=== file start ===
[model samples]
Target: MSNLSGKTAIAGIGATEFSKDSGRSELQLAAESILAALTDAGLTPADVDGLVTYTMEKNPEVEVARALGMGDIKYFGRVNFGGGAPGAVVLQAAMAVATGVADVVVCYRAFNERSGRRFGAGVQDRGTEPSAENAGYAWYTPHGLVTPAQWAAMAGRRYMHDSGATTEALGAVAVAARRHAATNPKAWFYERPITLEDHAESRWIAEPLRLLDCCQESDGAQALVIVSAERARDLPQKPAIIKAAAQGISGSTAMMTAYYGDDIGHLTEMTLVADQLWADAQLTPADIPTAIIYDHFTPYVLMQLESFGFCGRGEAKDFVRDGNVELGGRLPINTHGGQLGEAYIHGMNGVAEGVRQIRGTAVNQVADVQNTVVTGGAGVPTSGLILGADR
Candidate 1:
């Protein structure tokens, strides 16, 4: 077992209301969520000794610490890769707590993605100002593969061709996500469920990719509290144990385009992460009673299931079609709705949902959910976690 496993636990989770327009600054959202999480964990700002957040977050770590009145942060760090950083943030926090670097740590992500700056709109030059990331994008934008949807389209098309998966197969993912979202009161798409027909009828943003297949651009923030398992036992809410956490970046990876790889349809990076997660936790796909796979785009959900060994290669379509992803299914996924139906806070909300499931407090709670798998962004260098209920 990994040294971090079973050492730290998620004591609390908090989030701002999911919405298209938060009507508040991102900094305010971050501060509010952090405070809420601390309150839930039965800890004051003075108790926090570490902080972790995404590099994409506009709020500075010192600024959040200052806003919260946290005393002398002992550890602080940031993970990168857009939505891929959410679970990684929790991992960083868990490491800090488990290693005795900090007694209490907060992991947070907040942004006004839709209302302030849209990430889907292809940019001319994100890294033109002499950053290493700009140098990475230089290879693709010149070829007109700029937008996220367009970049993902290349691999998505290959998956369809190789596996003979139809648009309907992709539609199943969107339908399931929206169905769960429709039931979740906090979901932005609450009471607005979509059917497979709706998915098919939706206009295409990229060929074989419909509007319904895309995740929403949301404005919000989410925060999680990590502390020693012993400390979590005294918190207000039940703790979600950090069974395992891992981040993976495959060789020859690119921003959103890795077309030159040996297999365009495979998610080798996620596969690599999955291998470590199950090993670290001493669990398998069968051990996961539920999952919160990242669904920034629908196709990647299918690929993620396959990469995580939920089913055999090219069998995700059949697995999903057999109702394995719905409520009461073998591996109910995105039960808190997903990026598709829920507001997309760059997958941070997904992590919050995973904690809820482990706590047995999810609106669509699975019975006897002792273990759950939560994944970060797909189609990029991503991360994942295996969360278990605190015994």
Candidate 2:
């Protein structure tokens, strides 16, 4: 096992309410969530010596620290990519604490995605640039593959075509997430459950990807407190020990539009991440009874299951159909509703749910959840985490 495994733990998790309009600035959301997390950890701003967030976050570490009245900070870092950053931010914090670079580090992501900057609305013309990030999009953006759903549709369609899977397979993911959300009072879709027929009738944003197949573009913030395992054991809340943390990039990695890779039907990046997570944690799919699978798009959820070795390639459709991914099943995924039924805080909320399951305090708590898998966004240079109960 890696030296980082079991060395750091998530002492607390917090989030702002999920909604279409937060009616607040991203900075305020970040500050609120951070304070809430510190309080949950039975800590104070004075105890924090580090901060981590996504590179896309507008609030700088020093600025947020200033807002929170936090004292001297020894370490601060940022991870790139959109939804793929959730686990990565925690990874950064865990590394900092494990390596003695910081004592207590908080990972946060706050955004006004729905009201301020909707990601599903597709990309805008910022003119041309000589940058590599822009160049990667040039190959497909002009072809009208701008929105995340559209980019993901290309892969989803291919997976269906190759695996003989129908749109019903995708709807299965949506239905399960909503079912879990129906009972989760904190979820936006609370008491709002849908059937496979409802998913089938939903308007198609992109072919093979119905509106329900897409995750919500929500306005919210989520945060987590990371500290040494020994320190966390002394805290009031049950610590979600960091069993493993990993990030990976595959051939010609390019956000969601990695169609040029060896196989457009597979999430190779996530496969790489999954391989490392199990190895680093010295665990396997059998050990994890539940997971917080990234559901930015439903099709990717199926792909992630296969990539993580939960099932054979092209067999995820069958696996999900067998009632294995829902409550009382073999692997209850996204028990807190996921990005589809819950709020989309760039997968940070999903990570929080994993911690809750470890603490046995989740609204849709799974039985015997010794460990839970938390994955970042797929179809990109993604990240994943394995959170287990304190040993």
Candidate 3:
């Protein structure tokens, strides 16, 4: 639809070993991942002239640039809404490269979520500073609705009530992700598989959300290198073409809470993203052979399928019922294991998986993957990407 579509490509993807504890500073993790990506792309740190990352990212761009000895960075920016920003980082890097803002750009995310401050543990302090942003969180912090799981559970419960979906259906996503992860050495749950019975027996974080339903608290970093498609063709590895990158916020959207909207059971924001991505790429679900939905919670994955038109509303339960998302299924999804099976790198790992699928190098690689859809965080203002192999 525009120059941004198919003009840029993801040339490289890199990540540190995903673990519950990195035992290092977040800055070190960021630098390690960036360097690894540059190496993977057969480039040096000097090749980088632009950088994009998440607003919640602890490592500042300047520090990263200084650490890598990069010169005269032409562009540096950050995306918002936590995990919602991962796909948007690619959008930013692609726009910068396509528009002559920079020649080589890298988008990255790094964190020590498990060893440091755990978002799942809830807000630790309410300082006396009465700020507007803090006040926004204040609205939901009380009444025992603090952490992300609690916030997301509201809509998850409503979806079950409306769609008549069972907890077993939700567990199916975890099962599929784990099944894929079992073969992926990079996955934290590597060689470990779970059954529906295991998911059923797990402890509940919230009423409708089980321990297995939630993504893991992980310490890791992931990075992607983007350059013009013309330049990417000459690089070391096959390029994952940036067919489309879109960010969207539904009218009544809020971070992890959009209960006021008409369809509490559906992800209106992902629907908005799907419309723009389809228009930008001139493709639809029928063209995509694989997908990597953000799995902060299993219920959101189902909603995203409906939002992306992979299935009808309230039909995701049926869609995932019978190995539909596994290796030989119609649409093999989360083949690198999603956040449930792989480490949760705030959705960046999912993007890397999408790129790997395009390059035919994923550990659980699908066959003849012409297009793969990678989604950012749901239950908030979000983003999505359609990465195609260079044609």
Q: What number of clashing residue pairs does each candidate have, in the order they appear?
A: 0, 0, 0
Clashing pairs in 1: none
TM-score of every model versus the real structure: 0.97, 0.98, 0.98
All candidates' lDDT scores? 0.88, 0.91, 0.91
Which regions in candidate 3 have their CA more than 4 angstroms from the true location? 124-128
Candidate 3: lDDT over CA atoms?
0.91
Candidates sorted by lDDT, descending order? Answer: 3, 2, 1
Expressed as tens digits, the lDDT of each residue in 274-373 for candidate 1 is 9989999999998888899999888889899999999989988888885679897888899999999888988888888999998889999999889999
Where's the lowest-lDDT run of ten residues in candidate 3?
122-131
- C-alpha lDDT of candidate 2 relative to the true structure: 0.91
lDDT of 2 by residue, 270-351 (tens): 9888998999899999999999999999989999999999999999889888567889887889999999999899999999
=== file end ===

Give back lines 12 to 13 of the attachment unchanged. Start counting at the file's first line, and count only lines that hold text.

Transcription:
TM-score of every model versus the real structure: 0.97, 0.98, 0.98
All candidates' lDDT scores? 0.88, 0.91, 0.91